Zoe’s post on Constructing Sparkle inspired me to finally write a post about pleating. Pleating is yet another of my perseverations. First I’d like to draw your attention to a book entitled Haute Couture: Tradesmen’s Entrance. I love this book (only available from Amazon UK but it’s not expensive for what it is). The Tradesman’s Entrance is about the supporting cast of artisans who support Haute Couture; you may have heard of some of them such as the House of Lesage (interesting article). In today’s example, haute couturiers don’t do their own pleating, they outsource it to Lognon. This book covers haute couture artisans working in embroidery, shoes, haberdashery, hats, feathers, lace, enamel and nacre, pleating, costume jewellery, dyeing and fabrics. It’s quite a lovely book, enormous pictures, oversized (10″ x 13″). A tragic and recurring theme of the book is that these artisans are quite elderly, and with the increasing costs of handwork and too few skilled replacements, it’s likely their businesses will eventually close. I’ll be including some of the photos from the book in this post.

First, there are three basic kinds of pleats. They’re either machine or hand set. Below is a photo of a machine pleater, courtesy of Jesse Heap who sells refurbished pleating machines.

This kind of machine does the very fine pleats you see below (from the book).

On Jesse’s website, you can see photos of sewing machines (called “Box” pleaters) that form and sew pleats. These are pleats that are formed during the sewing process and they aren’t heat set like most of what we’d describe as pleating. Speaking of pleating machines, I found two additional pleating equipment sellers. I’ll close this post with their contact information in addition to the list of pleating services I know of. Before I forget, since this post really isn’t about how to do pleating, I won’t be listing any links for instruction. That’s not to say that I don’t have any. Get my related pleating links here (via Unfortunately, there aren’t many.

Back to pleating. The hand made pleats are made by using a mold (also called frame or form), of which there are two layers, inside and outside. You lay the fabric in between the scored and folded oak tag, roll it up and steam it in an oven. On some fabrics, chemicals are used to enhance the effects. Below is a photo of a skirt lying in a mold.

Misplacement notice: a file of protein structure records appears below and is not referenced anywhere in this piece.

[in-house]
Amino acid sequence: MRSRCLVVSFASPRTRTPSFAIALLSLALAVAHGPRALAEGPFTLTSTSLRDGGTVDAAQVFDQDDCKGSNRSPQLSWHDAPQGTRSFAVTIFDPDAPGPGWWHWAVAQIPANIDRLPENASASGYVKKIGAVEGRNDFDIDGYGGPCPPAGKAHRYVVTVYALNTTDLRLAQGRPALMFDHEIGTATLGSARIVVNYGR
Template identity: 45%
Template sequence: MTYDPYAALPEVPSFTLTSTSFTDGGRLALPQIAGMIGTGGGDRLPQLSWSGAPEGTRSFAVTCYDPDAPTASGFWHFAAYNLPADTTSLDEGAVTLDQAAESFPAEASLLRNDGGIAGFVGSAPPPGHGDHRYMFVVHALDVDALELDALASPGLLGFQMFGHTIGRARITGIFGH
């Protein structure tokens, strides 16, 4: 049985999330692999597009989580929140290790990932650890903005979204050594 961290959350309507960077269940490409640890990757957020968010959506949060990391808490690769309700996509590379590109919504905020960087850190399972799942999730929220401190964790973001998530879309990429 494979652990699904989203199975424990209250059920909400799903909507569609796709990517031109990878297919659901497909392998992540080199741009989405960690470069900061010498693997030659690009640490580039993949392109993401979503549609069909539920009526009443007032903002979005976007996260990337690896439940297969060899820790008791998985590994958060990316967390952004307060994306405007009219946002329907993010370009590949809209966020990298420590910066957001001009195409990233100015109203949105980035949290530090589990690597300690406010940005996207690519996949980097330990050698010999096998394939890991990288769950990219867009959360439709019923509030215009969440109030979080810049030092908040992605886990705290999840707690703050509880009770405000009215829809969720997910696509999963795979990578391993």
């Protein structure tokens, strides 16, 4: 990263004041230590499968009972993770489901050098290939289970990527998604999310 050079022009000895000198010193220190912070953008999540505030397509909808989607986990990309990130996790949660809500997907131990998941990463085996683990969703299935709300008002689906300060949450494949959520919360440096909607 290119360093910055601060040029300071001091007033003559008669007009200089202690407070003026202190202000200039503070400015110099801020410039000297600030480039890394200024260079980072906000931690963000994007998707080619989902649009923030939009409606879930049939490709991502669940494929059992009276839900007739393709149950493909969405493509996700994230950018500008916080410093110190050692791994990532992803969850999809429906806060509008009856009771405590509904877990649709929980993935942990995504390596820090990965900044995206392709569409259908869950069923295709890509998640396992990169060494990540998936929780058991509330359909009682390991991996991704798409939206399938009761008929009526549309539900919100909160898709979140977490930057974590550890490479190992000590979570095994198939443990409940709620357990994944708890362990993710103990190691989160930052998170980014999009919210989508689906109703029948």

Pleating molds are expensive and time consuming to make and one tiny mistake in one fold ruins the whole thing and you have to start over (don’t ask how I know). Below is a photo of a bunch of pleating forms from the book.

Most of the time we think of pleats as being straight lines but that is not true of all pleats, particularly machine set pleats. It’s much easier to form patterns with machine set pleats. The example shown below comes courtesy of F.Ciment in the UK.

While shaped pleats are largely unknown among the hand made variety, they aren’t impossible (my topic of perseveration). As an example, below is a photo (again from the Tradesmen’s Entrance) of a shaped hand pleating mold (sometimes called “frames”).

I’ve made several different kinds of shaped pleats. Forgive me for the photo below, it’s a terrible sample (a cat peed on it before I could set the dye) but perhaps you can pick out the lines of it. I had better ones but those were lent out and never returned ~sigh~. I was experimenting with painting the fold lines in case you wonder why dye is involved.

An illustration of a more successful design is below. The black lines are raised folds. The grey lines are the under folds. Oh, and I did come up with a way to set these chemically. I’m pleased with how well that works.

It’s only been since I started playing with shaped pleats (it’s easiest to set these chemically) that I’ve become interested in origami. Also, I’ve found a lot of shapes that lend themselves to the process. An example is below. This is an illustration of the electrodynamic properties of a vacuum. Who knew it could also be used as a pleating pattern?